An Israeli father from Modi’in was so determined to find a better way to deliver his young son’s asthma medication that he started a new company to do it.
Inspiro Medical is now about to start clinical trials in Israel to test Inspiromatic, a device that mechanical engineer Nimrod Kaufmann dreamed up with Dr. Guy Steuer, senior pulmonologist at Schneider Children’s Medical Center in Petah Tikvah.
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Kaufmann, who already had 10 years of experience in medical devices research and development, tells ISRAEL21c that he felt frustrated when using a bulky nebulizer machine to treat his preschooler’s asthma.
Nebulizers are effective, but they require the parent to prepare the dose of liquid medication and take a long time to deliver it to a squirming child. Kaufmann knew that dry powder inhalers do a better, faster job with less risk of error and contamination, but small children – as well as very ill people, the elderly and those with certain disabilities – cannot use them properly.
“You must inhale a certain volume, not too fast and not too slow. It’s not simple,” he says.
Kaufmann and Steuer joined forces to create a “smart” dry powder inhaler with several key advantages over existing models. Its internal microcontroller and flow sensor detect the right time to deliver the medication and automatically disperse the drug particles in the right size without need for forceful inhalation.
It provides instant feedback in the form of a green light or red light to indicate if the patient is inhaling correctly, and a beeper when the whole dose has been delivered.
In a boon for doctors, the Inspiromatic also stores information that takes the guesswork out of treatment decisions.
“It knows if the patient really inhaled correctly or didn’t, so the physician can access this data and see if the drug was delivered successfully — and if not, why not. This makes it much easier to find the problems and provide solutions,” says Kaufmann.
Ready for clinical trials
Inspiro Medical was accepted in late 2010 into Trendlines’ Misgav Venture Accelerator in northern Israel, which specializes in medical, biotech and pharma startups.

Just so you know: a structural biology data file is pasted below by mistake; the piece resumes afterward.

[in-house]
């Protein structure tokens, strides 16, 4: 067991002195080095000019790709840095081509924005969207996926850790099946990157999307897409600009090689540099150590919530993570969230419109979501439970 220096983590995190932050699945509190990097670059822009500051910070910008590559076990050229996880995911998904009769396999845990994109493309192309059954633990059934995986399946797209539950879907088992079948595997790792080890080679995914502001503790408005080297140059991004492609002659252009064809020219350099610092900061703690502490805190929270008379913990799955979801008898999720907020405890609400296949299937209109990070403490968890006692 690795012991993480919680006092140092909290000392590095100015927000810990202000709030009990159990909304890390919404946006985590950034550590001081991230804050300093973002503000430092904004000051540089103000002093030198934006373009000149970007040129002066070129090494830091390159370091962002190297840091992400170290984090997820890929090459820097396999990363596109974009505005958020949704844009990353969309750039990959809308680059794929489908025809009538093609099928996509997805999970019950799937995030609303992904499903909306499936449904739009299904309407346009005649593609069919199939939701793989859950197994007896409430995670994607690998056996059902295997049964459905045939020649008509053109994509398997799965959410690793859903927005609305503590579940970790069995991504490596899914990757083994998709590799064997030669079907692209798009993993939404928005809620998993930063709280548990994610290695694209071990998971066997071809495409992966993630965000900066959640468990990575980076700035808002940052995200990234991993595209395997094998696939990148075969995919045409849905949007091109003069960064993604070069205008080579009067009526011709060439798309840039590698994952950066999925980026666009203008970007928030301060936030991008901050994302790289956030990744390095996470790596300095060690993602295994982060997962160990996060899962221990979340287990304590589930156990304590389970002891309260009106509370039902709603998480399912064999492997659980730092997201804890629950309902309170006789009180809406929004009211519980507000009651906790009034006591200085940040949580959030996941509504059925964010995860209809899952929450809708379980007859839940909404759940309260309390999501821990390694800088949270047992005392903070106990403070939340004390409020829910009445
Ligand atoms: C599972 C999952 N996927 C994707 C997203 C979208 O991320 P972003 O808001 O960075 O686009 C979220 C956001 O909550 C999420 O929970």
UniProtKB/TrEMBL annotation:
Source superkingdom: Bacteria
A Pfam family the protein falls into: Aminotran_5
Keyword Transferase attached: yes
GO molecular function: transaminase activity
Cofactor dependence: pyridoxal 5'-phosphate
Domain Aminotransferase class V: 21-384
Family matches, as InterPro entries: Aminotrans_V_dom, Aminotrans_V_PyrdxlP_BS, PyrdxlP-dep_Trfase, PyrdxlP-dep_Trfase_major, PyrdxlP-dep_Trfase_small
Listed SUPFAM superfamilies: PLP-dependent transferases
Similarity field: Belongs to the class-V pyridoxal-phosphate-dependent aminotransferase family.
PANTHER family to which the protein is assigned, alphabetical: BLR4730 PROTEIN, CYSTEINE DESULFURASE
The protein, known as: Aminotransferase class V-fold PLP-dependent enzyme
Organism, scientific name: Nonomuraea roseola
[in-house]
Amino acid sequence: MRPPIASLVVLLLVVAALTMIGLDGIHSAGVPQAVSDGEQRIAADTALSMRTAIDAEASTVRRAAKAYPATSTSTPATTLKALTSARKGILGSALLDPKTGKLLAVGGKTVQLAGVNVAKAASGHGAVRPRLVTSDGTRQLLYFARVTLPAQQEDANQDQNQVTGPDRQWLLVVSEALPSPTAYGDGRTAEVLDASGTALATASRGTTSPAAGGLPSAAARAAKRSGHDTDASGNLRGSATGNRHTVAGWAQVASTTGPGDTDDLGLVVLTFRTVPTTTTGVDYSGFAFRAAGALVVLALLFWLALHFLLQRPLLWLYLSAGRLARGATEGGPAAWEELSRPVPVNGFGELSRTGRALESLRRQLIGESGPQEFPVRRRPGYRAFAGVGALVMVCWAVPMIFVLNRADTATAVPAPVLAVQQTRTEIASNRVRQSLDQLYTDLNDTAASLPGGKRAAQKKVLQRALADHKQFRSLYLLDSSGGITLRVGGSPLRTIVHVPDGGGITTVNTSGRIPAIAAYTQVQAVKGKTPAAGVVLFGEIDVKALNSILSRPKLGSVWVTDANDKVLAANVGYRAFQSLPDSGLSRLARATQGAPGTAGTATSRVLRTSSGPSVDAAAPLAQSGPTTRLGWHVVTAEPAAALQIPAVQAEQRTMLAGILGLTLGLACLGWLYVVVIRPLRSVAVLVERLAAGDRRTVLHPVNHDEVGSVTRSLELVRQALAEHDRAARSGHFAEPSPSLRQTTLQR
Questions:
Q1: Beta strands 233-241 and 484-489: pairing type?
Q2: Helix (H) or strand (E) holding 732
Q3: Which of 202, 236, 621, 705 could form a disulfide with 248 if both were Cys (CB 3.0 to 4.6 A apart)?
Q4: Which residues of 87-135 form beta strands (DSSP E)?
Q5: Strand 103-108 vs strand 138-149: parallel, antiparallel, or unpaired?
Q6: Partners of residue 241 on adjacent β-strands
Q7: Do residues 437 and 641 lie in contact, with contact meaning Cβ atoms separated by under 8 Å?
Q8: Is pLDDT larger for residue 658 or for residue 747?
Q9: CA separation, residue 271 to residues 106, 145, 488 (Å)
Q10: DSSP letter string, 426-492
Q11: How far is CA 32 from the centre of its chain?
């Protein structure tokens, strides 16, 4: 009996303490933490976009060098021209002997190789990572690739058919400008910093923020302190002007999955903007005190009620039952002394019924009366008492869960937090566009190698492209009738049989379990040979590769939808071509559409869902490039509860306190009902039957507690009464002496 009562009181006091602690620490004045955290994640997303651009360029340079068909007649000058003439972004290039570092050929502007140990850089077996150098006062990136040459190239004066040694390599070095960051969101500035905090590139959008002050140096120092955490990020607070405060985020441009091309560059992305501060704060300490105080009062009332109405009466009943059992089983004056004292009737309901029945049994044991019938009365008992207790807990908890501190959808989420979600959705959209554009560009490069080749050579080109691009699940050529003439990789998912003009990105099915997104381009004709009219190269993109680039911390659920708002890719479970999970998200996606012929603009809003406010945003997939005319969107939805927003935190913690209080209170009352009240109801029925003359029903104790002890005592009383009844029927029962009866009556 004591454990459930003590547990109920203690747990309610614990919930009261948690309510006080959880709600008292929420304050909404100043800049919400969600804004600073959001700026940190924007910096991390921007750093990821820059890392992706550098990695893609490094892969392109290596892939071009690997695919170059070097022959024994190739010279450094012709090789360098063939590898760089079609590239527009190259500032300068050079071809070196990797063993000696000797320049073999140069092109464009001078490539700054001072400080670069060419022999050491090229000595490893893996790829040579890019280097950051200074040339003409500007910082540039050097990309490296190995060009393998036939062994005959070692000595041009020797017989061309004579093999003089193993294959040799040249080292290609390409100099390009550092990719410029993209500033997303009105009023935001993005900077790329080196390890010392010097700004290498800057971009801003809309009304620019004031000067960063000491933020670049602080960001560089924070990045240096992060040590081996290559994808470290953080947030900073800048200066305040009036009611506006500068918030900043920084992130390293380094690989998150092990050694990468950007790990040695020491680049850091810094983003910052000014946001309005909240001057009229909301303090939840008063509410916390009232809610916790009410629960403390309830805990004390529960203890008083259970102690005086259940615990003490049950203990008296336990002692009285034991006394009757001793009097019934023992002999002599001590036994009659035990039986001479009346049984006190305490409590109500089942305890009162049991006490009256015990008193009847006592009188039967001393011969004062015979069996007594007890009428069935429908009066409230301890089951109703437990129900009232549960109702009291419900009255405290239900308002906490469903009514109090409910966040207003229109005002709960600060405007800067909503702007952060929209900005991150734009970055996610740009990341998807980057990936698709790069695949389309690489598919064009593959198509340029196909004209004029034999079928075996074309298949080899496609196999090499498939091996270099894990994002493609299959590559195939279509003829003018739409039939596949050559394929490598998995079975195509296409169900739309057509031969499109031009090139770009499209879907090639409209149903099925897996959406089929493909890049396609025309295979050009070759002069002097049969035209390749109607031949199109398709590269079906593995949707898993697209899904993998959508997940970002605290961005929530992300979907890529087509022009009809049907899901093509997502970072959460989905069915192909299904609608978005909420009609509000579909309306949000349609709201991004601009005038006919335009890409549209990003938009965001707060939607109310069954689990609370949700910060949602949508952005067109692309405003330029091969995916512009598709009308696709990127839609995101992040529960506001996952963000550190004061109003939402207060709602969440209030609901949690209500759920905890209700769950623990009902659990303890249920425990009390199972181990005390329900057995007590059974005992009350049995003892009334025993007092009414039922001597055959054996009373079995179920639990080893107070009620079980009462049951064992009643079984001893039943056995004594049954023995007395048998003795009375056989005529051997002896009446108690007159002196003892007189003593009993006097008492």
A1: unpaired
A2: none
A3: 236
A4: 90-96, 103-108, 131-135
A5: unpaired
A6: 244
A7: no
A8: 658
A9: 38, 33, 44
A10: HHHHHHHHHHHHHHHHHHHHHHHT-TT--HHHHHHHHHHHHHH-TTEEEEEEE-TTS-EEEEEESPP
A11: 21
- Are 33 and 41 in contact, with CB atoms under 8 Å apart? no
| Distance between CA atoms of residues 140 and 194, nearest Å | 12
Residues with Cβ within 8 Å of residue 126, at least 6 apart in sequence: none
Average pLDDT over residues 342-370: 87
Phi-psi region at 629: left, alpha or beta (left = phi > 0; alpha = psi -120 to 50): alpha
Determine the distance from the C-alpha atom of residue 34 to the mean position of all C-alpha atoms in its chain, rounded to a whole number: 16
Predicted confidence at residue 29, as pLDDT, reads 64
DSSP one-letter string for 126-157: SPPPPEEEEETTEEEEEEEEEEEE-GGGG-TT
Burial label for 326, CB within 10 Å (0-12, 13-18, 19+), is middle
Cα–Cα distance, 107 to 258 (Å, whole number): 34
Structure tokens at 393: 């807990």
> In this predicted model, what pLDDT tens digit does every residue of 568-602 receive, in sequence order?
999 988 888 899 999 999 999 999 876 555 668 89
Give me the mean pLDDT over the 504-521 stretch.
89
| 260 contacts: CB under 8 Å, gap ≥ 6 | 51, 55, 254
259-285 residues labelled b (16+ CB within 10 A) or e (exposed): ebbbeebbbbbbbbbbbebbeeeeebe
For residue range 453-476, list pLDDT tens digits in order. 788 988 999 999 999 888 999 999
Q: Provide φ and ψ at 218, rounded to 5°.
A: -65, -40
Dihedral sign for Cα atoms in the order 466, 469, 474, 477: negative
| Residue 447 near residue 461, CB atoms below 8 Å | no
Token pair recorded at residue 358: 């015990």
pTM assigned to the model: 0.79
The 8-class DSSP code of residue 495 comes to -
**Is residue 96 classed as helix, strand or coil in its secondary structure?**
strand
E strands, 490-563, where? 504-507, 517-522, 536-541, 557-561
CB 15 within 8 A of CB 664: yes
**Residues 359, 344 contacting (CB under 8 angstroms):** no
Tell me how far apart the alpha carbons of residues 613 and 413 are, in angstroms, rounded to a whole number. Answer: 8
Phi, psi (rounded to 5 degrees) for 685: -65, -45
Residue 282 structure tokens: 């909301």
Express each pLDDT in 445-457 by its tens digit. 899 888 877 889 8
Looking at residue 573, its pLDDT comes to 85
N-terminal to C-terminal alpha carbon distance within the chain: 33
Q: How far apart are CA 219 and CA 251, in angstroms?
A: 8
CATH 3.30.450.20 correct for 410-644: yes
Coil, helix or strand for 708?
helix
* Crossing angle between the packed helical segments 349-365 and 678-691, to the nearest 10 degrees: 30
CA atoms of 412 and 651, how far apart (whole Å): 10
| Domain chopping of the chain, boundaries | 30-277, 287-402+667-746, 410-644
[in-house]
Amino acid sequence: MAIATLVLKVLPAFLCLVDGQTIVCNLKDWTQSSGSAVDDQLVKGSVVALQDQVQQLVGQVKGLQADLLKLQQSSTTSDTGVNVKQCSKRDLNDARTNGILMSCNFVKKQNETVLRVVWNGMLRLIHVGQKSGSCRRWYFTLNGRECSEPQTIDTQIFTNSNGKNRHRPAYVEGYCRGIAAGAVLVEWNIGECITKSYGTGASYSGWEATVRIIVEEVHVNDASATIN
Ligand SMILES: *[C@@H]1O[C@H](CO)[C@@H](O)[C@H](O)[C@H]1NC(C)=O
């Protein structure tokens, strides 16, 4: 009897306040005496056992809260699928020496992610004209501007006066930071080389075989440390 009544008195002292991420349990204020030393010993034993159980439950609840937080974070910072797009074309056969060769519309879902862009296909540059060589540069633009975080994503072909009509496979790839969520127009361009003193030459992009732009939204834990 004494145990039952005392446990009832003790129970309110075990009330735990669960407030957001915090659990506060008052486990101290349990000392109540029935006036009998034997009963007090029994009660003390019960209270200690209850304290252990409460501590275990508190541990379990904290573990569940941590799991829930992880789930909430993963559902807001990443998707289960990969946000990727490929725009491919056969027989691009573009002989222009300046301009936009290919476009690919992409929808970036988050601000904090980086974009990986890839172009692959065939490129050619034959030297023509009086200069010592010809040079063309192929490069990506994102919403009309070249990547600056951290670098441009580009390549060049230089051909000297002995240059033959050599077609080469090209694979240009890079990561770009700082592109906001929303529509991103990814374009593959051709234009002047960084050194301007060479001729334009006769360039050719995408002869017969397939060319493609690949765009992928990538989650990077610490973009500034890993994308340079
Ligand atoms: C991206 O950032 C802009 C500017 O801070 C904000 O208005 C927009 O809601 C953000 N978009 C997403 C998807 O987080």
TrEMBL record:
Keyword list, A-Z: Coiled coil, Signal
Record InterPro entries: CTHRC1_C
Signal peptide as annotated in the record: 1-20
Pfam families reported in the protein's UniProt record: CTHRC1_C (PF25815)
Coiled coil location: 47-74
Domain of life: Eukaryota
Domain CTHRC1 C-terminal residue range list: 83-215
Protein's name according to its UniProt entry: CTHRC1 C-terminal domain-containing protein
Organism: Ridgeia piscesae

After showing good results in the lab over existing dry-powder inhalers, the Inspiromatic is now a step closer to a global market consisting of an estimated 300 million asthmatics and an additional 210 million people suffering from chronic obstructive pulmonary disease (COPD).
“We just got Health Ministry approval for our first clinical trial in Israel within two or three months, and we are in negotiations with several pharma companies,” says Kaufmann.
“This is a drug-device combination product, meaning it must have a [drug] formulation designed to be used with the specific device. We can use generic formulations adapted to our device or we can work with pharma partners to develop new formulations.”
Now Kaufmann is seeking $1 million in investments to develop the device to the point where it can get the European CE Mark of approval, but he stresses that it would still need further approval as a drug-device combination before becoming marketable.
The long-term goal is to get approval in both the European and American markets. By that time, Kaufmann’s son, who is now eight and less affected by the lung condition, may have outgrown his asthma entirely. But there will be plenty of other kids around the world whose parents will be happy to have a device that makes treatment a breeze.